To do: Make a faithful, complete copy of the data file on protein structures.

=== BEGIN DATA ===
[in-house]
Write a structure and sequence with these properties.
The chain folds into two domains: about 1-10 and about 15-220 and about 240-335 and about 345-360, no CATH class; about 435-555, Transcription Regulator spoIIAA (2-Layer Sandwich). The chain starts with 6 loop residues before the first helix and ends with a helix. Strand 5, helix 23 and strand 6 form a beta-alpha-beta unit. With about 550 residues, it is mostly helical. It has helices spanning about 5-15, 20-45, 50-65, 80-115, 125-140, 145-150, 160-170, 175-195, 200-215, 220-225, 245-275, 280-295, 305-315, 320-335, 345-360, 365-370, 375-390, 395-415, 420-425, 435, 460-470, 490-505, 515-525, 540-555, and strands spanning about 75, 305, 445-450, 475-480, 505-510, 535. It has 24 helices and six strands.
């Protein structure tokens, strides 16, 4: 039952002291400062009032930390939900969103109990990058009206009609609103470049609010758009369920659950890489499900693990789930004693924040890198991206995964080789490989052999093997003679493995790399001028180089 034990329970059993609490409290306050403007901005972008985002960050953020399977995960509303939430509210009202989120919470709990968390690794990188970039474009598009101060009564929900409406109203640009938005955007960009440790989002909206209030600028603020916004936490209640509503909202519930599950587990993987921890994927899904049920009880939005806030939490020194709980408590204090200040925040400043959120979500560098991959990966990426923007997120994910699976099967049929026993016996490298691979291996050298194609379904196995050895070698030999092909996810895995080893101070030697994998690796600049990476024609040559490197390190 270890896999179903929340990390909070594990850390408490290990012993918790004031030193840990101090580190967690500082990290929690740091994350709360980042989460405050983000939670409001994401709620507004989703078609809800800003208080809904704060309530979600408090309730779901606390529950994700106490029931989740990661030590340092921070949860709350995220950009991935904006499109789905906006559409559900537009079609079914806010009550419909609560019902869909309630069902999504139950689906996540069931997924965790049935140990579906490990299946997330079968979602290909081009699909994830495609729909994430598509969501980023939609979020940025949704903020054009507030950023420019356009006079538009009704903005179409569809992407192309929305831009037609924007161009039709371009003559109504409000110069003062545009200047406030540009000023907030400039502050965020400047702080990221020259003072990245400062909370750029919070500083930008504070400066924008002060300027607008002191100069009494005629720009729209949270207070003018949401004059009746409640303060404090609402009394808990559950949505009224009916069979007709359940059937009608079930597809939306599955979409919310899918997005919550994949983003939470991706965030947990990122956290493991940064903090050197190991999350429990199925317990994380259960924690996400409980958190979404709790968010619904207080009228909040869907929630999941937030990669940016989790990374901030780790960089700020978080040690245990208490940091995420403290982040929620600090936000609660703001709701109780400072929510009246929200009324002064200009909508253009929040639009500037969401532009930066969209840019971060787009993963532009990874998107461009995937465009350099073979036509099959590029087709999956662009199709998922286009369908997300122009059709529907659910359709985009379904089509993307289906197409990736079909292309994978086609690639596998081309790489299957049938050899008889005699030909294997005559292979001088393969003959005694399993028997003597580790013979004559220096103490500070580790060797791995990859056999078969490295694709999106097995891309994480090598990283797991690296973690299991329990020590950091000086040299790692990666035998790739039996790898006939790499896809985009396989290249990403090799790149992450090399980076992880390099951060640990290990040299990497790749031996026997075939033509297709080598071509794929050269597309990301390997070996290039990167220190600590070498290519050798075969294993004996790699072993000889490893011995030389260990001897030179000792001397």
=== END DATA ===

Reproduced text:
[in-house]
Write a structure and sequence with these properties.
The chain folds into two domains: about 1-10 and about 15-220 and about 240-335 and about 345-360, no CATH class; about 435-555, Transcription Regulator spoIIAA (2-Layer Sandwich). The chain starts with 6 loop residues before the first helix and ends with a helix. Strand 5, helix 23 and strand 6 form a beta-alpha-beta unit. With about 550 residues, it is mostly helical. It has helices spanning about 5-15, 20-45, 50-65, 80-115, 125-140, 145-150, 160-170, 175-195, 200-215, 220-225, 245-275, 280-295, 305-315, 320-335, 345-360, 365-370, 375-390, 395-415, 420-425, 435, 460-470, 490-505, 515-525, 540-555, and strands spanning about 75, 305, 445-450, 475-480, 505-510, 535. It has 24 helices and six strands.
């Protein structure tokens, strides 16, 4: 039952002291400062009032930390939900969103109990990058009206009609609103470049609010758009369920659950890489499900693990789930004693924040890198991206995964080789490989052999093997003679493995790399001028180089 034990329970059993609490409290306050403007901005972008985002960050953020399977995960509303939430509210009202989120919470709990968390690794990188970039474009598009101060009564929900409406109203640009938005955007960009440790989002909206209030600028603020916004936490209640509503909202519930599950587990993987921890994927899904049920009880939005806030939490020194709980408590204090200040925040400043959120979500560098991959990966990426923007997120994910699976099967049929026993016996490298691979291996050298194609379904196995050895070698030999092909996810895995080893101070030697994998690796600049990476024609040559490197390190 270890896999179903929340990390909070594990850390408490290990012993918790004031030193840990101090580190967690500082990290929690740091994350709360980042989460405050983000939670409001994401709620507004989703078609809800800003208080809904704060309530979600408090309730779901606390529950994700106490029931989740990661030590340092921070949860709350995220950009991935904006499109789905906006559409559900537009079609079914806010009550419909609560019902869909309630069902999504139950689906996540069931997924965790049935140990579906490990299946997330079968979602290909081009699909994830495609729909994430598509969501980023939609979020940025949704903020054009507030950023420019356009006079538009009704903005179409569809992407192309929305831009037609924007161009039709371009003559109504409000110069003062545009200047406030540009000023907030400039502050965020400047702080990221020259003072990245400062909370750029919070500083930008504070400066924008002060300027607008002191100069009494005629720009729209949270207070003018949401004059009746409640303060404090609402009394808990559950949505009224009916069979007709359940059937009608079930597809939306599955979409919310899918997005919550994949983003939470991706965030947990990122956290493991940064903090050197190991999350429990199925317990994380259960924690996400409980958190979404709790968010619904207080009228909040869907929630999941937030990669940016989790990374901030780790960089700020978080040690245990208490940091995420403290982040929620600090936000609660703001709701109780400072929510009246929200009324002064200009909508253009929040639009500037969401532009930066969209840019971060787009993963532009990874998107461009995937465009350099073979036509099959590029087709999956662009199709998922286009369908997300122009059709529907659910359709985009379904089509993307289906197409990736079909292309994978086609690639596998081309790489299957049938050899008889005699030909294997005559292979001088393969003959005694399993028997003597580790013979004559220096103490500070580790060797791995990859056999078969490295694709999106097995891309994480090598990283797991690296973690299991329990020590950091000086040299790692990666035998790739039996790898006939790499896809985009396989290249990403090799790149992450090399980076992880390099951060640990290990040299990497790749031996026997075939033509297709080598071509794929050269597309990301390997070996290039990167220190600590070498290519050798075969294993004996790699072993000889490893011995030389260990001897030179000792001397």